Like aspiring American entrepreneurs throughout our country’s history, 11-year-old Chloe Stirling wanted to help herself by helping others. Determined to save money for a car when she comes of age, Chloe baked, sold, and donated cupcakes for two years. She ran her business, called, “Hey, Cupcake!” out of her parents’ kitchen in Troy, Illinois.
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Ironically, it was Chloe’s success that got her in trouble. After a local paper lauded her creative cupcaking, the Madison County Health Department took notice and told her to close up shop.
What were they thinking? Section 750.1360 of the Illinois Food Service Sanitation Code requires that a kitchen used for a “food service operation” must be separate from any “living areas,” including the family kitchen. Chloe’s mother, Heather Stirling, told the St. Louis Post-Dispatch that officials said that the family would need to buy a bakery or a separate kitchen for Chloe.
Heather’s reaction says it all: “A separate kitchen? Who can do that?”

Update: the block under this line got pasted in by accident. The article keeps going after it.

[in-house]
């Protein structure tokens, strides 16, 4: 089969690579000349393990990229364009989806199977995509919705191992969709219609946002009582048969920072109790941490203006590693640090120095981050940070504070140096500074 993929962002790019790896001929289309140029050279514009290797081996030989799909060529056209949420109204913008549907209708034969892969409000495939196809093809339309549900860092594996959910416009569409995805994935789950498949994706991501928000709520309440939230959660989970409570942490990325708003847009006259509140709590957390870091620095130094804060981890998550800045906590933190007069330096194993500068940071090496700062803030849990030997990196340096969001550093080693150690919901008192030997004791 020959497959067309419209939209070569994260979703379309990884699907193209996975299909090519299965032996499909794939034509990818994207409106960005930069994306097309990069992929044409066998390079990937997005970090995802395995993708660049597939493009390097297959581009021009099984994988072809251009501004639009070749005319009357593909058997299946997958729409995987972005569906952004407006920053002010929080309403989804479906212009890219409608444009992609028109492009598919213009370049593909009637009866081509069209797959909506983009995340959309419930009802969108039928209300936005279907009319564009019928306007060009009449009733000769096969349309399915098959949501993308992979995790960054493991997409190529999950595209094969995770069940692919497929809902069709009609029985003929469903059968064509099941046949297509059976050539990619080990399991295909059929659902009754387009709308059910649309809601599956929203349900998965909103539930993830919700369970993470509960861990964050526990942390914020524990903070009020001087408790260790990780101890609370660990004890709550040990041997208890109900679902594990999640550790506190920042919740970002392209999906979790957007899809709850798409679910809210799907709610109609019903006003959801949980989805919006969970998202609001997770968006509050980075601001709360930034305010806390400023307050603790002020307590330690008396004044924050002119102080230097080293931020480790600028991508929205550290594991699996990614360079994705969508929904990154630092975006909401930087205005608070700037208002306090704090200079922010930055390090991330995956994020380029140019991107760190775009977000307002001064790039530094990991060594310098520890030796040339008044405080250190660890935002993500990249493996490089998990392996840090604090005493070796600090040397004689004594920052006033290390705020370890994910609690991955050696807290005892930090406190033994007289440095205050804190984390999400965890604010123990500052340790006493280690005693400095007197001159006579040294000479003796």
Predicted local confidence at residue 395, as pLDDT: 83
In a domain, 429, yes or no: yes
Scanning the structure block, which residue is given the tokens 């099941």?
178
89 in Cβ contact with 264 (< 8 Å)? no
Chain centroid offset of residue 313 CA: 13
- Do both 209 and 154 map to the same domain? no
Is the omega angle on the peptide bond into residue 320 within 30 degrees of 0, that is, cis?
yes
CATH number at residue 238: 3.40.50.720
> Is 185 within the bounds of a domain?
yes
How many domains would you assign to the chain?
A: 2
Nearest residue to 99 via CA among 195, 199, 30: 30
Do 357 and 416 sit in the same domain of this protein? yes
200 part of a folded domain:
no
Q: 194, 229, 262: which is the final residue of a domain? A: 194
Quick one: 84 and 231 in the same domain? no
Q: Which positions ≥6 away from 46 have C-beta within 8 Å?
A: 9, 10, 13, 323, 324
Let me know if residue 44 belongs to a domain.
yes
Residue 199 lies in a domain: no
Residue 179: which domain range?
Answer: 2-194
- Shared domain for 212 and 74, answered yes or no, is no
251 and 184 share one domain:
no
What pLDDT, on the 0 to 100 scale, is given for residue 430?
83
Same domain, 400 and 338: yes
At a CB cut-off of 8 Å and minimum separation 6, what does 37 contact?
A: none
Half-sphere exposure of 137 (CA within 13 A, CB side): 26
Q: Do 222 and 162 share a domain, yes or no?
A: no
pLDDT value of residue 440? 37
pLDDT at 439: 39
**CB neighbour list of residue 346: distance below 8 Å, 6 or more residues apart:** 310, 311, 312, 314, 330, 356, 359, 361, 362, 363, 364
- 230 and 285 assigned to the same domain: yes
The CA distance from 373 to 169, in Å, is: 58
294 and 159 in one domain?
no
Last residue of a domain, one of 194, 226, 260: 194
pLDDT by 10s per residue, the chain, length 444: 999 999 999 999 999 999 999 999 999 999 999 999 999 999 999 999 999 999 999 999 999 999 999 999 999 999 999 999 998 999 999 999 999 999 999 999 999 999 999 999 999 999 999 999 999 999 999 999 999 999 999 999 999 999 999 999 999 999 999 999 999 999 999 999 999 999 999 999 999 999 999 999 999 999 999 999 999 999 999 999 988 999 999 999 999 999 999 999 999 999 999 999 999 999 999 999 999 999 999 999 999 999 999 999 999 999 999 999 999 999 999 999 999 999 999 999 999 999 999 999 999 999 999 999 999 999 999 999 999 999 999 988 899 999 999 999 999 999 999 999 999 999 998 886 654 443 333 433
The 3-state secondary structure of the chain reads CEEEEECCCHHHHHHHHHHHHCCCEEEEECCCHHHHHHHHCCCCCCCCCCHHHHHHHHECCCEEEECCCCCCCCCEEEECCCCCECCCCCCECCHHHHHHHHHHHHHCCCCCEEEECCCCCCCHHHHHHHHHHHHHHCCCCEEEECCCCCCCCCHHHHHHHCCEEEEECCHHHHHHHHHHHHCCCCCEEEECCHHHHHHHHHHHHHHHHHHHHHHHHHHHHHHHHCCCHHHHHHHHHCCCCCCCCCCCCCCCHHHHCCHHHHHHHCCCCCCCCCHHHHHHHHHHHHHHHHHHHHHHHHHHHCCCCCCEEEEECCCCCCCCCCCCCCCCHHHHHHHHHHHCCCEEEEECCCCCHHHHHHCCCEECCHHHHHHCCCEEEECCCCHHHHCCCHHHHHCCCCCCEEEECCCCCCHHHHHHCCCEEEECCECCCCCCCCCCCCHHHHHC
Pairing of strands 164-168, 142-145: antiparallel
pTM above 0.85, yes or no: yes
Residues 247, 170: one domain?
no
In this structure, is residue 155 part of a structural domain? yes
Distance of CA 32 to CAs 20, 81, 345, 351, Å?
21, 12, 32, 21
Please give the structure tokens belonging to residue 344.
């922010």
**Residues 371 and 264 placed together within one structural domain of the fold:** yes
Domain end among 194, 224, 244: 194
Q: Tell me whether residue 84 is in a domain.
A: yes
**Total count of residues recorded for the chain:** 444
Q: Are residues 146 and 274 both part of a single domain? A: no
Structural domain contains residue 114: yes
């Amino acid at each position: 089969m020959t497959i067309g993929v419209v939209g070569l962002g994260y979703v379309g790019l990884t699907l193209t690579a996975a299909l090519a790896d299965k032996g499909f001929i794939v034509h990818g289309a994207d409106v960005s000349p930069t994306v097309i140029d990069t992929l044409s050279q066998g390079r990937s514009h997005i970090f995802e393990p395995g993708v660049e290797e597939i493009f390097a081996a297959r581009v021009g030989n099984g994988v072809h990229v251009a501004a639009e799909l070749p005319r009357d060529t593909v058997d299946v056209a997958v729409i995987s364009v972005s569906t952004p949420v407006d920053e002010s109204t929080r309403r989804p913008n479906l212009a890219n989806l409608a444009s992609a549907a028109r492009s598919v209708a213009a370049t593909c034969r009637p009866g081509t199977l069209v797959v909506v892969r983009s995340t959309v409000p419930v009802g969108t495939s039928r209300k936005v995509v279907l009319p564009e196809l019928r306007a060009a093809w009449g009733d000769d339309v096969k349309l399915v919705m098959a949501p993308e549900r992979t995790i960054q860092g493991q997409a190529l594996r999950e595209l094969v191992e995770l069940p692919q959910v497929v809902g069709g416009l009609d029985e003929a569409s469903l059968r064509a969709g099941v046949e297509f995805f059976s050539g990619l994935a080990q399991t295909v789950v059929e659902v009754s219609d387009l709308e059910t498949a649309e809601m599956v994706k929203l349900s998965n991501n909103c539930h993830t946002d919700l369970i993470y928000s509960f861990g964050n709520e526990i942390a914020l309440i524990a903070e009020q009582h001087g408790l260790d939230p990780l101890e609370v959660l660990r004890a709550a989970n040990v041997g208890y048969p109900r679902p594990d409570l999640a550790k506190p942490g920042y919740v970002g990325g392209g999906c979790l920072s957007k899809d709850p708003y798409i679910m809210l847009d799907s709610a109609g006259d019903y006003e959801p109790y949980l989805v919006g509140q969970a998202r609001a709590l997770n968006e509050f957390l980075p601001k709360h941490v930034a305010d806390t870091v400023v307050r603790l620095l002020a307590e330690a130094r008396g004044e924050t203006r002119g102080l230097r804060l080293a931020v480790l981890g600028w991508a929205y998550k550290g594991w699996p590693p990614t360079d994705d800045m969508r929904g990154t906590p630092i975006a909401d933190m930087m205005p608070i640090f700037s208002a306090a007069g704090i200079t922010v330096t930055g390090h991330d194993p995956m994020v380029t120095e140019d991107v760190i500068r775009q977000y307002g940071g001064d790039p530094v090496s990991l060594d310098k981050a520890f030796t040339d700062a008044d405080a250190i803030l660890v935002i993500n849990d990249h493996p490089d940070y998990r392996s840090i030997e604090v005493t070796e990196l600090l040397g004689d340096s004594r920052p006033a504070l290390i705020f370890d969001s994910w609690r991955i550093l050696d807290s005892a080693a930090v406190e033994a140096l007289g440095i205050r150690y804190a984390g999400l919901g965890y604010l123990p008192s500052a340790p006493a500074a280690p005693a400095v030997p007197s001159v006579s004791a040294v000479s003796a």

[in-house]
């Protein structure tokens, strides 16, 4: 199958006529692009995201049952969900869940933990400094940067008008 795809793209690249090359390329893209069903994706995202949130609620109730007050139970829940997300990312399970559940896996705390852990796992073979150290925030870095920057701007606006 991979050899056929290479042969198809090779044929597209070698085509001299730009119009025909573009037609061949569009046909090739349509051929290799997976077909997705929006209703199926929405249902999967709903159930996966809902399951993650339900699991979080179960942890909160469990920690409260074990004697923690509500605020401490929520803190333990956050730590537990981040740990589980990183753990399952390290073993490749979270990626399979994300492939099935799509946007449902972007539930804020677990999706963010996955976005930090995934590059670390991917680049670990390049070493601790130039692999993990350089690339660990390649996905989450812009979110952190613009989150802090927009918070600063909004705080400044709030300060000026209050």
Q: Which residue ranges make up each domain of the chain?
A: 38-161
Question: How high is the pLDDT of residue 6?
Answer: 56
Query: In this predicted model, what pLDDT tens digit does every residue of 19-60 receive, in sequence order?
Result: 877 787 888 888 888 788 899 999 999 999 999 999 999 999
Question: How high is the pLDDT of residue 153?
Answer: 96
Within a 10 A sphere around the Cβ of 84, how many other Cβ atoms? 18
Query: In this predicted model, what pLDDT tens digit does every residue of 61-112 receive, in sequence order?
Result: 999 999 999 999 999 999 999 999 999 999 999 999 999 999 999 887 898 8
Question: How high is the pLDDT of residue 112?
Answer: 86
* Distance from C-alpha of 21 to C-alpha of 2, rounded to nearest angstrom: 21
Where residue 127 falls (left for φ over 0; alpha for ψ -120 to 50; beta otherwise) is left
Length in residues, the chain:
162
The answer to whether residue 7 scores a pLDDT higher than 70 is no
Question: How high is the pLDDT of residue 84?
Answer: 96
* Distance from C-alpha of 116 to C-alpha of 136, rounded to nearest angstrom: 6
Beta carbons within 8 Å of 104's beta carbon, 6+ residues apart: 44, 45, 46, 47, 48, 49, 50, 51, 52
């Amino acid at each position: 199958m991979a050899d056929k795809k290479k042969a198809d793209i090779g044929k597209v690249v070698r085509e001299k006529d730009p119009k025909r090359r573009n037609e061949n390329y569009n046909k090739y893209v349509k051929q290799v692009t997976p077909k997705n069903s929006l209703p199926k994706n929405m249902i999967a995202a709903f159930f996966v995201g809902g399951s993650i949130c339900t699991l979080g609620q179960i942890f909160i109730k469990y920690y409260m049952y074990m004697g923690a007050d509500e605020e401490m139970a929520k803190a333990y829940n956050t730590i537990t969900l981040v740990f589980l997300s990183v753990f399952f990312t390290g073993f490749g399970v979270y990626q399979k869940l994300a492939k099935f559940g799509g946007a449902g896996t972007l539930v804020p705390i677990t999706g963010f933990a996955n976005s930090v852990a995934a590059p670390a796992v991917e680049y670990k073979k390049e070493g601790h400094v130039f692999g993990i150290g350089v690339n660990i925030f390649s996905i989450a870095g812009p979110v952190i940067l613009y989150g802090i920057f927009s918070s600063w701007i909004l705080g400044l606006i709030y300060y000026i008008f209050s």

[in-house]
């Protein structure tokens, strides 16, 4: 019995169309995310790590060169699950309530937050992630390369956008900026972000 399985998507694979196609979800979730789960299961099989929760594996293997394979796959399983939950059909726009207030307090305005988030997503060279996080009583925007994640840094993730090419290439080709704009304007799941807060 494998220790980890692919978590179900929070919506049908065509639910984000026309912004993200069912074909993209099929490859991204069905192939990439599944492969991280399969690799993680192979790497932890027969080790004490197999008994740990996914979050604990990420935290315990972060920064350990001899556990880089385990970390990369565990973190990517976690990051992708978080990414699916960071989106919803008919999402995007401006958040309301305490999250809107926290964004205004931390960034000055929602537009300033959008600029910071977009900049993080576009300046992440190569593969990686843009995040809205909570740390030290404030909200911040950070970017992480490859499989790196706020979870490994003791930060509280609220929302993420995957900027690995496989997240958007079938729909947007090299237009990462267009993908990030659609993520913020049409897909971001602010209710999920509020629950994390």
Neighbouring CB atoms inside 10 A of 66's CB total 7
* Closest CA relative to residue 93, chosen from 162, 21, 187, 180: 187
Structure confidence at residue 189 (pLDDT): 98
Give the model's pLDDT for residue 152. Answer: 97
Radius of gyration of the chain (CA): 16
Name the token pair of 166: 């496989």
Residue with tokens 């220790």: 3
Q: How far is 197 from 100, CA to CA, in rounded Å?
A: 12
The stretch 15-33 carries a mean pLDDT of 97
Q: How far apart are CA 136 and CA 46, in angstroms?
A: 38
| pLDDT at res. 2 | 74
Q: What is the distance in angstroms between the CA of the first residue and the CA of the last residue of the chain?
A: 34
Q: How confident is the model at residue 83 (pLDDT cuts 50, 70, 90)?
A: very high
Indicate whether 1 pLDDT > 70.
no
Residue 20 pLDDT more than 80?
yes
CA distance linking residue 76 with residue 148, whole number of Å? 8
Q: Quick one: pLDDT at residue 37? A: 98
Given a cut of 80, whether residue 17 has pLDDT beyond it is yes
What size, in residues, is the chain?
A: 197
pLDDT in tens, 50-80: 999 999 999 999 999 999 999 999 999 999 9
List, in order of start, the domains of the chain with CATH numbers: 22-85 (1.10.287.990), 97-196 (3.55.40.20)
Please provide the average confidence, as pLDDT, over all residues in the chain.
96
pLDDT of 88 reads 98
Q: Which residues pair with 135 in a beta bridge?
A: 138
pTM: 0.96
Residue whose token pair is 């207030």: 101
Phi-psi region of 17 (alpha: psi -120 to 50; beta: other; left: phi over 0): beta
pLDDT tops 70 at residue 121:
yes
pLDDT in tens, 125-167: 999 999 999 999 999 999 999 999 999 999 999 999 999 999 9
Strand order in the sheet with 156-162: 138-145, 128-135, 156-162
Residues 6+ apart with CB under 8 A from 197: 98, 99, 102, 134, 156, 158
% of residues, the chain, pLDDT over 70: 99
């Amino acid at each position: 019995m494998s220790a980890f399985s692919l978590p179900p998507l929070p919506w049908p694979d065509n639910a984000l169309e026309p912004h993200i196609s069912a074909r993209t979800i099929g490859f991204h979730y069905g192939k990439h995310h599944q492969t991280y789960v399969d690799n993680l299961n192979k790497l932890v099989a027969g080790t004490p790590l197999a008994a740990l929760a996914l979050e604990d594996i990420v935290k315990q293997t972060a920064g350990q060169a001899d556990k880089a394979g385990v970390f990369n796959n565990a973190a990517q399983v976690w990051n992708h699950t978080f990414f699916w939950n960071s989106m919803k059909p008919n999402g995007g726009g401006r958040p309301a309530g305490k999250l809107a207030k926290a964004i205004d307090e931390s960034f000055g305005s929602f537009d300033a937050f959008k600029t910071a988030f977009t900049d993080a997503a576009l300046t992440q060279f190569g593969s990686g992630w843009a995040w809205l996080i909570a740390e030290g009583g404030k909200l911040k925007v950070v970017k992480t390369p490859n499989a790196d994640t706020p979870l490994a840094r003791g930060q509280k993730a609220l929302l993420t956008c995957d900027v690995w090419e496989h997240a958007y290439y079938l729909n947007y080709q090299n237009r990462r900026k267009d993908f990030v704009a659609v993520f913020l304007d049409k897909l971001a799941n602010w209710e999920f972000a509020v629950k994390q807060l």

Not our problem, say local officials. “The rules are the rules. It’s for the protection of the public health,” health department spokesperson Amy Yeager said, according to the Post-Dispatch. “The guidelines apply to everyone.”
As Chief Justice John Roberts once wrote for a unanimous Supreme Court in Gonzalez v. O Centro (2006), this statement “echoes the classic rejoinder of bureaucrats throughout history: If I make an exception for you, I’ll have to make one for everybody, so no exceptions.”
Discretion is inherent to law enforcement. Every decision to enforce a law diverts resources from other priorities. So it’s worth asking whether there is any reason to think that this instance of unauthorized cupcake production endangers the public health. Otherwise, we’re justified in asking whether local health authorities have better things to do with taxpayer money.
Yes, the rules are the rules. And it’s reasonable to require that those who sell food to the public conform to certain standards. But there’s nothing that encourages contempt for rules like the unthinking application of them. And it’s hard to think of a means better calculated to discouraging young entrepreneurs than draping them in red tape the moment they show a propensity to “truck, barter, and exchange.”
Chloe’s business is the stuff that dreams are made of. For the sake of Chloe’s customers, Chloe’s community, and Chloe, Hey, Cupcake! should be allowed to remain in business.